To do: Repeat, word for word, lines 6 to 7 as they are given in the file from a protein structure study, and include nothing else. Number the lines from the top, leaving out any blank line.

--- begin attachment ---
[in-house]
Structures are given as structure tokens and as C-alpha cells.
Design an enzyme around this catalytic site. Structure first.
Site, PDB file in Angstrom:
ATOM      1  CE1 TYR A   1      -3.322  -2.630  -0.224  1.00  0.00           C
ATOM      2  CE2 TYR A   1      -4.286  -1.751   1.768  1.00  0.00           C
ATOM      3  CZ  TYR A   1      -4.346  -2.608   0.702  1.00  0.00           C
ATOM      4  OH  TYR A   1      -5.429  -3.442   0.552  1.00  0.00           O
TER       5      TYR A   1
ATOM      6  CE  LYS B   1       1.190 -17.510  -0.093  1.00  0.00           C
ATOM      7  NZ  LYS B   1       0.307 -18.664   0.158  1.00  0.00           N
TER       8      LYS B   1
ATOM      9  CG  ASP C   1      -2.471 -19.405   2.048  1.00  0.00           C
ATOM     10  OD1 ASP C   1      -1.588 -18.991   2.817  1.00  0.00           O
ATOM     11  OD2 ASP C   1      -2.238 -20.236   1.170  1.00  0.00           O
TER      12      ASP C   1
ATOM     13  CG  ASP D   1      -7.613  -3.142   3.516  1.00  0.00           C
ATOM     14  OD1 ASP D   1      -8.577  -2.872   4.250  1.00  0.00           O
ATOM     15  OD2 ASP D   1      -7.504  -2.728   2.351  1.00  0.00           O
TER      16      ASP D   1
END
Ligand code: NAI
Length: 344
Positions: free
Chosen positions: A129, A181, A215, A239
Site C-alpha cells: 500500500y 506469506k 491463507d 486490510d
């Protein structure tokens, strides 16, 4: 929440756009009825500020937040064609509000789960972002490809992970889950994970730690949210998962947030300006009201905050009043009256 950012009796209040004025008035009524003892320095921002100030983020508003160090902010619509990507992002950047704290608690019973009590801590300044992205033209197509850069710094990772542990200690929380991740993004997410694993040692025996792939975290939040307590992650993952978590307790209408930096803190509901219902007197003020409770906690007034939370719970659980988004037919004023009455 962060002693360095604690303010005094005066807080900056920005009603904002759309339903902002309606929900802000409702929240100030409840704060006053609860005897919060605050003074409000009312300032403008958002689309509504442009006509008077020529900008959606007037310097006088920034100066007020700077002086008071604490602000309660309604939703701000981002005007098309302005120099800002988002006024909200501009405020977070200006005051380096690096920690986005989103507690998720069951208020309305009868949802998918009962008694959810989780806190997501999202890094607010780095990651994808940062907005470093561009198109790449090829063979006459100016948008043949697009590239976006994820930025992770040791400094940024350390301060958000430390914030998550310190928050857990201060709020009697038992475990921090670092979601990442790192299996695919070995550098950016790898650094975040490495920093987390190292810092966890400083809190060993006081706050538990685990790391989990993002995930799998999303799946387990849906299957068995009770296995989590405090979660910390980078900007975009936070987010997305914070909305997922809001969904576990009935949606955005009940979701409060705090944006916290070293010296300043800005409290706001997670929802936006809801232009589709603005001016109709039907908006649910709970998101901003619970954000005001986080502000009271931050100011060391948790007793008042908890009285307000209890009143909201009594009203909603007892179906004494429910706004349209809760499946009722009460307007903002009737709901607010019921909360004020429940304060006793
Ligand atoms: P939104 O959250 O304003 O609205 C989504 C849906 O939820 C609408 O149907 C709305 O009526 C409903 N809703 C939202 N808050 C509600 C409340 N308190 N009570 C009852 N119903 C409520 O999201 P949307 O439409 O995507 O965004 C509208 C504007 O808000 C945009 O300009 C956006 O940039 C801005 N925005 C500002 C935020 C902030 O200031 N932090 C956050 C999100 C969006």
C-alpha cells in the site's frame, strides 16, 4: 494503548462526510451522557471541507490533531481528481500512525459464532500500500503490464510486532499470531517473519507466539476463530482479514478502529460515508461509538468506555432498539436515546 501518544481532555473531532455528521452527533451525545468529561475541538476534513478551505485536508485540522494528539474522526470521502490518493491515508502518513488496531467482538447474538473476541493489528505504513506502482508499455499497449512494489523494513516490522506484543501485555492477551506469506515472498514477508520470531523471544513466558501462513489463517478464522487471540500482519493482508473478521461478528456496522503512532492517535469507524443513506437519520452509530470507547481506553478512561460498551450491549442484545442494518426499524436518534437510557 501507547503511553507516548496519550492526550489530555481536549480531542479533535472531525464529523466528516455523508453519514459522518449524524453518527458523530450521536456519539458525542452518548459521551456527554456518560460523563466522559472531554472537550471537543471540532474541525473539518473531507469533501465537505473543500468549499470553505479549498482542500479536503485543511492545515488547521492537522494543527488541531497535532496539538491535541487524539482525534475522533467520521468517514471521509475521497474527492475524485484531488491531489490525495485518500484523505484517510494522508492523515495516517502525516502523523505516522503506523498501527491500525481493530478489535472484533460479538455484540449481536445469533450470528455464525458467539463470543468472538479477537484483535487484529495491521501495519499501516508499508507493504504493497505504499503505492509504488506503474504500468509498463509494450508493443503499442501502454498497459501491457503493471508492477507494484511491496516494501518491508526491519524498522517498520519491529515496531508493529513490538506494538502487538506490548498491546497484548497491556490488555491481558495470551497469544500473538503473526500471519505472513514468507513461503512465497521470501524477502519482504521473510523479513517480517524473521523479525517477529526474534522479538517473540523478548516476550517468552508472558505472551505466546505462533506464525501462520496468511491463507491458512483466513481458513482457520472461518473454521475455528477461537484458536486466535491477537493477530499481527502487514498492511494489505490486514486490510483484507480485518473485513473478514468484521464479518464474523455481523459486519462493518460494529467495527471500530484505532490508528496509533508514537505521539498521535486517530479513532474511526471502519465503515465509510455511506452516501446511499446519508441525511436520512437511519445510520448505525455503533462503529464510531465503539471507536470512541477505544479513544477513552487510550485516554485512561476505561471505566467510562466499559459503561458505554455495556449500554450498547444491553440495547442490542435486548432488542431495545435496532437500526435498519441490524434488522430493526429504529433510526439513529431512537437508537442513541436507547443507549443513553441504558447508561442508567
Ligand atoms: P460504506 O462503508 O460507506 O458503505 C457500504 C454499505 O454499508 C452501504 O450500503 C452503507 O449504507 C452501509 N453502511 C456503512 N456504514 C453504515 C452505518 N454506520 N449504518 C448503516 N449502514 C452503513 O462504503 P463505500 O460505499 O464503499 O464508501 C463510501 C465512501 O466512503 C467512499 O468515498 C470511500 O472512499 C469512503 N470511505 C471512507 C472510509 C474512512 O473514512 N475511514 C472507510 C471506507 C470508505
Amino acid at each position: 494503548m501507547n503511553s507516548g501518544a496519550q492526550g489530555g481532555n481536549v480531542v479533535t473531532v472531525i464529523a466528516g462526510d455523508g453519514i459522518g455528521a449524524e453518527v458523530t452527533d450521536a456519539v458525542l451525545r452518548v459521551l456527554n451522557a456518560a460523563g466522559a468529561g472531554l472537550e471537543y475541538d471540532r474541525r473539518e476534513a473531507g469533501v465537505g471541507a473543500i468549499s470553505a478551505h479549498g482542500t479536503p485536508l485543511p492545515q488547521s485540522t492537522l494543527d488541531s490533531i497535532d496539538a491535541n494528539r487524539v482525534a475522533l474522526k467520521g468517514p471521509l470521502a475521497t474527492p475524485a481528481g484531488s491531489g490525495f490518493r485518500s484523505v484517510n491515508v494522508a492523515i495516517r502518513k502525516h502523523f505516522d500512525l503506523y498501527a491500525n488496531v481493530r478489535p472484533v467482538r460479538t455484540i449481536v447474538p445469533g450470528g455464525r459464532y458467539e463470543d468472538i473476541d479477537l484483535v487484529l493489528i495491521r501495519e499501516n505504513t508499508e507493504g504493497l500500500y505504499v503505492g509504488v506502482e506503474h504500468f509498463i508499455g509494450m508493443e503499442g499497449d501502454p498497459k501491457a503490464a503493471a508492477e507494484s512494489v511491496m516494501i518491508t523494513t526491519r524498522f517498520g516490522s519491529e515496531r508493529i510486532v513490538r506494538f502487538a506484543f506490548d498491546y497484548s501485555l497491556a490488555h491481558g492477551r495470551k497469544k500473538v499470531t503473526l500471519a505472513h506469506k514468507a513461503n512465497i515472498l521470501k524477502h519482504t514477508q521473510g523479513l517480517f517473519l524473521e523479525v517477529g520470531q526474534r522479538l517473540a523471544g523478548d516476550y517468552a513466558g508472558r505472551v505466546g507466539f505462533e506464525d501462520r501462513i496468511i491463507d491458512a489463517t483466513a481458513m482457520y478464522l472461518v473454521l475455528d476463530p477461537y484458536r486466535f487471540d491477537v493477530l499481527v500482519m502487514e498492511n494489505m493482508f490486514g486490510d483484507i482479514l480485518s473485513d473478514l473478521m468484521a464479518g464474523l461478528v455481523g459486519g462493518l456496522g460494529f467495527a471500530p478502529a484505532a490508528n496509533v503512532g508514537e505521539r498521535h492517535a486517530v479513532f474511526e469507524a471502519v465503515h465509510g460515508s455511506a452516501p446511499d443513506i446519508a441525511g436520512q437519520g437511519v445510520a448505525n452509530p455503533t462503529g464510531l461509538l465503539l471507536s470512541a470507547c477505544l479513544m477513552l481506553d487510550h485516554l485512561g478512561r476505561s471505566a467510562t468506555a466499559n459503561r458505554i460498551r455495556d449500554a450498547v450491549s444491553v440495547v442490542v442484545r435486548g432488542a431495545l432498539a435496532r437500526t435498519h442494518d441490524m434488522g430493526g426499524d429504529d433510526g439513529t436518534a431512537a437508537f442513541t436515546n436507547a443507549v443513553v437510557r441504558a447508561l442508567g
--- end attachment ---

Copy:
ATOM      2  CE2 TYR A   1      -4.286  -1.751   1.768  1.00  0.00           C
ATOM      3  CZ  TYR A   1      -4.346  -2.608   0.702  1.00  0.00           C